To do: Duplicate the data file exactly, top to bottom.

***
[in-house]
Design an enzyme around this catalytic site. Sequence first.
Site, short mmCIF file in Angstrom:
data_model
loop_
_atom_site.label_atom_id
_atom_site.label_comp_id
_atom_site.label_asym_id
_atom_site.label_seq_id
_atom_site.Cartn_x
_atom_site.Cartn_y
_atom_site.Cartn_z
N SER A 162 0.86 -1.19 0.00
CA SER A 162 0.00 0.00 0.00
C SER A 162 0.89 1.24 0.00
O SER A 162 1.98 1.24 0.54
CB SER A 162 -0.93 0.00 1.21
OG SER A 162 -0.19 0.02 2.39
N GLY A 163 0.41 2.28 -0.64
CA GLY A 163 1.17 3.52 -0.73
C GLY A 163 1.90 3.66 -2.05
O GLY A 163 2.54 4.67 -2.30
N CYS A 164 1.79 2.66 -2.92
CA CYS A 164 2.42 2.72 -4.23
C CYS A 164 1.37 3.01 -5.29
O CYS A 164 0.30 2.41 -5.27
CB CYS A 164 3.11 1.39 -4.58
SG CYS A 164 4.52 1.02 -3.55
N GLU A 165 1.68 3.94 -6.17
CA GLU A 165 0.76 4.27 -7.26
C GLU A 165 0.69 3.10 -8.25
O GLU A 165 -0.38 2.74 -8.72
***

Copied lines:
[in-house]
Design an enzyme around this catalytic site. Sequence first.
Site, short mmCIF file in Angstrom:
data_model
loop_
_atom_site.label_atom_id
_atom_site.label_comp_id
_atom_site.label_asym_id
_atom_site.label_seq_id
_atom_site.Cartn_x
_atom_site.Cartn_y
_atom_site.Cartn_z
N SER A 162 0.86 -1.19 0.00
CA SER A 162 0.00 0.00 0.00
C SER A 162 0.89 1.24 0.00
O SER A 162 1.98 1.24 0.54
CB SER A 162 -0.93 0.00 1.21
OG SER A 162 -0.19 0.02 2.39
N GLY A 163 0.41 2.28 -0.64
CA GLY A 163 1.17 3.52 -0.73
C GLY A 163 1.90 3.66 -2.05
O GLY A 163 2.54 4.67 -2.30
N CYS A 164 1.79 2.66 -2.92
CA CYS A 164 2.42 2.72 -4.23
C CYS A 164 1.37 3.01 -5.29
O CYS A 164 0.30 2.41 -5.27
CB CYS A 164 3.11 1.39 -4.58
SG CYS A 164 4.52 1.02 -3.55
N GLU A 165 1.68 3.94 -6.17
CA GLU A 165 0.76 4.27 -7.26
C GLU A 165 0.69 3.10 -8.25
O GLU A 165 -0.38 2.74 -8.72